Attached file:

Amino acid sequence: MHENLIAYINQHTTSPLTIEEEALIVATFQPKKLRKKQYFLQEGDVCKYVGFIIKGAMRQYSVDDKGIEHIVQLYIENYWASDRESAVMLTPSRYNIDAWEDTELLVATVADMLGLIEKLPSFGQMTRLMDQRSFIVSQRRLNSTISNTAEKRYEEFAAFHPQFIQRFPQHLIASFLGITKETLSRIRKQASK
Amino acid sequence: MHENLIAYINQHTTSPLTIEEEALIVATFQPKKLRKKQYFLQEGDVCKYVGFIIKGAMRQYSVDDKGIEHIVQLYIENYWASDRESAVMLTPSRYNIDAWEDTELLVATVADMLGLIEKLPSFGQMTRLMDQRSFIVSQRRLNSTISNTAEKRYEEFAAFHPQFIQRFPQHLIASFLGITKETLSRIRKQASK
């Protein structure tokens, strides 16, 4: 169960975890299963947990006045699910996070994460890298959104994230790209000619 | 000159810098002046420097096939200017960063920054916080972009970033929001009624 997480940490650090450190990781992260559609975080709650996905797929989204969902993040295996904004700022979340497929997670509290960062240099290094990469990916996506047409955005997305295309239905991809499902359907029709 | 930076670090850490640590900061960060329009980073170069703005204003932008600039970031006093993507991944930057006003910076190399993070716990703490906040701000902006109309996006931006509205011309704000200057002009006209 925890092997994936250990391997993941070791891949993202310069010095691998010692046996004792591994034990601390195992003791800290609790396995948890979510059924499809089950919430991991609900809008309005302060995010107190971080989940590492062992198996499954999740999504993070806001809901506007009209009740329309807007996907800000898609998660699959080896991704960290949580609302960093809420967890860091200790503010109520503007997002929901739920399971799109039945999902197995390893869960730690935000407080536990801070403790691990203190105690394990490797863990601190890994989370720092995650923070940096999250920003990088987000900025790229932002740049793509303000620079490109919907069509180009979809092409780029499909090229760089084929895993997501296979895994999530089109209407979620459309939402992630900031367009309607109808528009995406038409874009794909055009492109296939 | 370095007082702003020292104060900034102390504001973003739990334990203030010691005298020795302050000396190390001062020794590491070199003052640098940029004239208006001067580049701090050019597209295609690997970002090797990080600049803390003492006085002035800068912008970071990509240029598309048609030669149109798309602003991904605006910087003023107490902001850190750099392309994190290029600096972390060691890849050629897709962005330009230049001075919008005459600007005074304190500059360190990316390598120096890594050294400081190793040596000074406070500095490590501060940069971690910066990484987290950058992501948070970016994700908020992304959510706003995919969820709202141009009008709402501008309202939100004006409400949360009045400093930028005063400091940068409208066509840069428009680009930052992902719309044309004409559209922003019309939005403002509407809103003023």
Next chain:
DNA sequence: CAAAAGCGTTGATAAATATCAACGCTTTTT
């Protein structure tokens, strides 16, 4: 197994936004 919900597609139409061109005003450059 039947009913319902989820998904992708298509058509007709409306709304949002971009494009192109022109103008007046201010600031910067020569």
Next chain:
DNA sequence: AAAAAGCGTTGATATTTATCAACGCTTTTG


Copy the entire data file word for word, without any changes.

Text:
Amino acid sequence: MHENLIAYINQHTTSPLTIEEEALIVATFQPKKLRKKQYFLQEGDVCKYVGFIIKGAMRQYSVDDKGIEHIVQLYIENYWASDRESAVMLTPSRYNIDAWEDTELLVATVADMLGLIEKLPSFGQMTRLMDQRSFIVSQRRLNSTISNTAEKRYEEFAAFHPQFIQRFPQHLIASFLGITKETLSRIRKQASK
Amino acid sequence: MHENLIAYINQHTTSPLTIEEEALIVATFQPKKLRKKQYFLQEGDVCKYVGFIIKGAMRQYSVDDKGIEHIVQLYIENYWASDRESAVMLTPSRYNIDAWEDTELLVATVADMLGLIEKLPSFGQMTRLMDQRSFIVSQRRLNSTISNTAEKRYEEFAAFHPQFIQRFPQHLIASFLGITKETLSRIRKQASK
């Protein structure tokens, strides 16, 4: 169960975890299963947990006045699910996070994460890298959104994230790209000619 | 000159810098002046420097096939200017960063920054916080972009970033929001009624 997480940490650090450190990781992260559609975080709650996905797929989204969902993040295996904004700022979340497929997670509290960062240099290094990469990916996506047409955005997305295309239905991809499902359907029709 | 930076670090850490640590900061960060329009980073170069703005204003932008600039970031006093993507991944930057006003910076190399993070716990703490906040701000902006109309996006931006509205011309704000200057002009006209 925890092997994936250990391997993941070791891949993202310069010095691998010692046996004792591994034990601390195992003791800290609790396995948890979510059924499809089950919430991991609900809008309005302060995010107190971080989940590492062992198996499954999740999504993070806001809901506007009209009740329309807007996907800000898609998660699959080896991704960290949580609302960093809420967890860091200790503010109520503007997002929901739920399971799109039945999902197995390893869960730690935000407080536990801070403790691990203190105690394990490797863990601190890994989370720092995650923070940096999250920003990088987000900025790229932002740049793509303000620079490109919907069509180009979809092409780029499909090229760089084929895993997501296979895994999530089109209407979620459309939402992630900031367009309607109808528009995406038409874009794909055009492109296939 | 370095007082702003020292104060900034102390504001973003739990334990203030010691005298020795302050000396190390001062020794590491070199003052640098940029004239208006001067580049701090050019597209295609690997970002090797990080600049803390003492006085002035800068912008970071990509240029598309048609030669149109798309602003991904605006910087003023107490902001850190750099392309994190290029600096972390060691890849050629897709962005330009230049001075919008005459600007005074304190500059360190990316390598120096890594050294400081190793040596000074406070500095490590501060940069971690910066990484987290950058992501948070970016994700908020992304959510706003995919969820709202141009009008709402501008309202939100004006409400949360009045400093930028005063400091940068409208066509840069428009680009930052992902719309044309004409559209922003019309939005403002509407809103003023």
Next chain:
DNA sequence: CAAAAGCGTTGATAAATATCAACGCTTTTT
């Protein structure tokens, strides 16, 4: 197994936004 919900597609139409061109005003450059 039947009913319902989820998904992708298509058509007709409306709304949002971009494009192109022109103008007046201010600031910067020569």
Next chain:
DNA sequence: AAAAAGCGTTGATATTTATCAACGCTTTTG